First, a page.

Emerging markets have typically been lumped together by investors and corporations attempting to define all-encompassing strategies, but these markets are diverging. Tailored, local strategies are now more important.
The ASEAN (Association of South East Asian Nations) region has been growing steadily at about 6 percent a year since 2008. If it were a country, it would be the 7th largest economy in the world. ASEAN today is on the cusp of a new era. The growth drivers of 1998-2008, based on export-led growth of products and commodities for developed markets are no longer as relevant. A new growth model, based on innovation and domestic demand, is necessary, but this presents very different opportunities and challenges for countries and corporations in this part of the world.
At the recent Emerging Markets Conference at INSEAD, hosted by the INSEAD Emerging Markets Institute and PwC, INSEAD’s Dean and Professor of Economics, Ilian Mihov said that BRIC nations should be treated separately. “Each one of these countries are very different and they are at different stages of economic development with different monetary and fiscal policies,” he said. As a consequence, countries in the region will need very different approaches to leverage the opportunities.
Speaking on a panel at the conference, Bob De Lange, the Vice President of Caterpillar’s excavation division, the global headquarters of which is in Singapore, agreed, saying “there's probably no such thing as ASEAN, because there's such a wide variety in the economies, the environment, even within ASEAN.”
De Lange and other panellists discussing the future of South East Asia at the conference explained how they were adapting to this new emerging market order.
Building and leveraging local capacity
Rahul Gupta, Managing Director of Business Development in ASEAN at General Electric explained that corporations are changing their approach to emerging markets and are at an inflection point of a longer-term game. “The days when you said ‘enter opportunistically and exit when the tide turns against you’ have gone,” he said.
Given that governments are focused on how they can increase productivity, develop skills and create home-grown innovation, customers are changing too. “Customers want you to turn around in their time zone, so that leads to a lot of people to have local empowerment, and in order to achieve that you need to have the accountability and the capability,” Gupta added. This is why GE is focused on developing local leaders. “It was not very long back that a region like ours had expatriates in country leadership roles. Today, we find all our country managers – Vietnam, Indonesia, Thailand, Philippines – everybody is a local,” he said.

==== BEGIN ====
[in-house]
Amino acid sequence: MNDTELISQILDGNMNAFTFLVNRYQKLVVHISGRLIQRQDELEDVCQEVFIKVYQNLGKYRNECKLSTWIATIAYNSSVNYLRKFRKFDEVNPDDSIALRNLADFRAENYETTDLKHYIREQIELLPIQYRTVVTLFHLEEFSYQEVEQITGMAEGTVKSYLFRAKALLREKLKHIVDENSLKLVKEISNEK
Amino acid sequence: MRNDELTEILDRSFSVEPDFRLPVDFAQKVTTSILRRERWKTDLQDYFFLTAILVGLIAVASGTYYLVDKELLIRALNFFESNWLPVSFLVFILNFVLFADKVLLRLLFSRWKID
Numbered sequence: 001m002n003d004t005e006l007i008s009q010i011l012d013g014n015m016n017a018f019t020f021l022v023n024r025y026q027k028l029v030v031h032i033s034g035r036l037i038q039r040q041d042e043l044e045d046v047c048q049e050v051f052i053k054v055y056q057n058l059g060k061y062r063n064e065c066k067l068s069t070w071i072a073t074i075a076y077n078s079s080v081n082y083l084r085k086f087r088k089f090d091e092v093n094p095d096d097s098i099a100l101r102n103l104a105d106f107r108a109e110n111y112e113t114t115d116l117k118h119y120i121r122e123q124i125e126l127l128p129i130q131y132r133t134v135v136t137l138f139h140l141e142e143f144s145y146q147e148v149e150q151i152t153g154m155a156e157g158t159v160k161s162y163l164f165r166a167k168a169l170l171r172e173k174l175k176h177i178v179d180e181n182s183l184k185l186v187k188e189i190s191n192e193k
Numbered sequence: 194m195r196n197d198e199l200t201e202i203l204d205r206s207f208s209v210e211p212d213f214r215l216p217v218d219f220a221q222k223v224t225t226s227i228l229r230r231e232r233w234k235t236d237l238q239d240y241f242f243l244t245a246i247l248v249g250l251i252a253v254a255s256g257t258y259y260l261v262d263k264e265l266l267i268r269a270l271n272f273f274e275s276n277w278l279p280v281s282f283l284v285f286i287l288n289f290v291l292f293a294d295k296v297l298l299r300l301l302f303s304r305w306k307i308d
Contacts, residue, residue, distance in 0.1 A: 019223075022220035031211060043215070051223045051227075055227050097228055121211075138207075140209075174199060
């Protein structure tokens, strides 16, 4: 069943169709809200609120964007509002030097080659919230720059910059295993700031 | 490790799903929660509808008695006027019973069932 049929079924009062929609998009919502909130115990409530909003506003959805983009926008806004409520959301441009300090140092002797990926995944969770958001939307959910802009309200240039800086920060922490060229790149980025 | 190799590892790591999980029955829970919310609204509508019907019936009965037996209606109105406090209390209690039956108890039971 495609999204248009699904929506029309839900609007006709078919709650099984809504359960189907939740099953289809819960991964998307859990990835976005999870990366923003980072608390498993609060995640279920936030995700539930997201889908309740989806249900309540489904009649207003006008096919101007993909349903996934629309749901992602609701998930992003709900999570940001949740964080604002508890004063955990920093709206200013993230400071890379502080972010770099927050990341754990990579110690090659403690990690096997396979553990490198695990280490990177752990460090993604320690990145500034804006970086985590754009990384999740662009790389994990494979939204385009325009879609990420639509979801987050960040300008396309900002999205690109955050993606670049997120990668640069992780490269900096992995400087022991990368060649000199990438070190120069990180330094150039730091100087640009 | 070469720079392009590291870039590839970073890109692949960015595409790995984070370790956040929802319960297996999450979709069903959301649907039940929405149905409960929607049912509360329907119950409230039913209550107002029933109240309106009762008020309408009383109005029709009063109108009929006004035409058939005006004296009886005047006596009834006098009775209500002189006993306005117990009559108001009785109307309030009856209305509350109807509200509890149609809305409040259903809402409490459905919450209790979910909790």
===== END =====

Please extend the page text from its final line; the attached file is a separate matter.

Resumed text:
This is also reflected in the way GE improvises to align with the needs of the market, rather than following only global business models. Gupta pointed to the example of a handheld ultrasound machine developed by GE Healthcare that runs on batteries so it can be used in remote places with unreliable electricity supply. He also highlighted how these and other projects have led GE to increasingly focus on aggregating a local business opportunity with other regions to build a global business case that would justify investments beyond the narrow scope of a local opportunity.
De Lange of Caterpillar echoed the sentiment by explaining that his organisation is committed to becoming local in the region for the long-term opportunity in basic infrastructure development, but also to diversify across markets at very different stages of stability and progress. This has driven Caterpillar’s decisions on everything from building manufacturing, capacity, R&D and local supply bases across the region.
Catherine Jucker of Baxter also explained that the healthcare company had established local manufacturing capacity in Thailand around 3 years ago as part of a strategy grounded on partnering with government and healthcare practitioners to enhance access to dialysis care for patients. The company continues to take this long term collaborative partnering approach in emerging markets to improve access to therapies and raise standards of care.
Local players rising
While growth strategies are changing, they’re also being coloured by the emergence of highly competent local players. Governments are racing ahead on policies to encourage more domestic demand growth and increase the economic lot of their populations.
Widhyawan Prawiraatmadja, Commissioner of PT Pertamina, an Indonesian state-owned oil and gas company, shared how Indonesia is applying a proactive approach to building a new growth model for the country. It includes diversifying the economic bases for growth, creating opportunities for more local economic activity and making local businesses competitive while also addressing the issue of inclusive economic growth.
Drop the group acronyms
Panelists highlighted the fact there is no such thing as a monolithic ASEAN strategy. The particularities of sectors and countries necessitate a more granular approach to understanding the challenges as well as the opportunities and building the strategies for growth at both a country and corporate level.
All panellists agreed, however, that long term strategies are needed, as the prospects of emerging markets remain bright, despite current headwinds.
Paddy Padmanabhan is the Unilever Chaired Professor of Marketing and the Academic Director of the INSEAD Emerging Markets Institute. He is also the Programme Director of the following executive education programmes at INSEAD: Asian International Executive Programme, Leading the Effective Sales Force and INSEAD Leadership Programme for Senior Indian Executives.